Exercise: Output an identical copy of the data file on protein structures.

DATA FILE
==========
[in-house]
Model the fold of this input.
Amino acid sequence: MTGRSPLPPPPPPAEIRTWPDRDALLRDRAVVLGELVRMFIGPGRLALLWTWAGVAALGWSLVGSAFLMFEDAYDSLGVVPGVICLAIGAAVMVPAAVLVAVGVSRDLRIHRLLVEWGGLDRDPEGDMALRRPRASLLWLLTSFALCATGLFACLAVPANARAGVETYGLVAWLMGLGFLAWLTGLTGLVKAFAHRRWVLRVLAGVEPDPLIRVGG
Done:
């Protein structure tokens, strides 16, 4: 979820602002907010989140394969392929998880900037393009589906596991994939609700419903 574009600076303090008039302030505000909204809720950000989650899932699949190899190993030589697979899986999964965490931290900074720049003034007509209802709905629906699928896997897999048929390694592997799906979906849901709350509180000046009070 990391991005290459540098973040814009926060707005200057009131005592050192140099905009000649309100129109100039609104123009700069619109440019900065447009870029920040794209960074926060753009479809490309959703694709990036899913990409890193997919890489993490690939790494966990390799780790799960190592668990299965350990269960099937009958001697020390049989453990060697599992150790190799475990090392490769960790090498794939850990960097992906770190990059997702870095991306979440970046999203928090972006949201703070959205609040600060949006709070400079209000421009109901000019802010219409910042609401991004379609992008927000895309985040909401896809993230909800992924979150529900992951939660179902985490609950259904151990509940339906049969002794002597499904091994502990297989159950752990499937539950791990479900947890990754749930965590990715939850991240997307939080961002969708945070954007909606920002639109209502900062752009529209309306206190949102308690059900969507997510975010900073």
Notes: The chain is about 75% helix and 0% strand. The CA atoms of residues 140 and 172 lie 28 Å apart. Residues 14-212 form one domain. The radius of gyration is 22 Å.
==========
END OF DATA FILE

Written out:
[in-house]
Model the fold of this input.
Amino acid sequence: MTGRSPLPPPPPPAEIRTWPDRDALLRDRAVVLGELVRMFIGPGRLALLWTWAGVAALGWSLVGSAFLMFEDAYDSLGVVPGVICLAIGAAVMVPAAVLVAVGVSRDLRIHRLLVEWGGLDRDPEGDMALRRPRASLLWLLTSFALCATGLFACLAVPANARAGVETYGLVAWLMGLGFLAWLTGLTGLVKAFAHRRWVLRVLAGVEPDPLIRVGG
Done:
């Protein structure tokens, strides 16, 4: 979820602002907010989140394969392929998880900037393009589906596991994939609700419903 574009600076303090008039302030505000909204809720950000989650899932699949190899190993030589697979899986999964965490931290900074720049003034007509209802709905629906699928896997897999048929390694592997799906979906849901709350509180000046009070 990391991005290459540098973040814009926060707005200057009131005592050192140099905009000649309100129109100039609104123009700069619109440019900065447009870029920040794209960074926060753009479809490309959703694709990036899913990409890193997919890489993490690939790494966990390799780790799960190592668990299965350990269960099937009958001697020390049989453990060697599992150790190799475990090392490769960790090498794939850990960097992906770190990059997702870095991306979440970046999203928090972006949201703070959205609040600060949006709070400079209000421009109901000019802010219409910042609401991004379609992008927000895309985040909401896809993230909800992924979150529900992951939660179902985490609950259904151990509940339906049969002794002597499904091994502990297989159950752990499937539950791990479900947890990754749930965590990715939850991240997307939080961002969708945070954007909606920002639109209502900062752009529209309306206190949102308690059900969507997510975010900073």
Notes: The chain is about 75% helix and 0% strand. The CA atoms of residues 140 and 172 lie 28 Å apart. Residues 14-212 form one domain. The radius of gyration is 22 Å.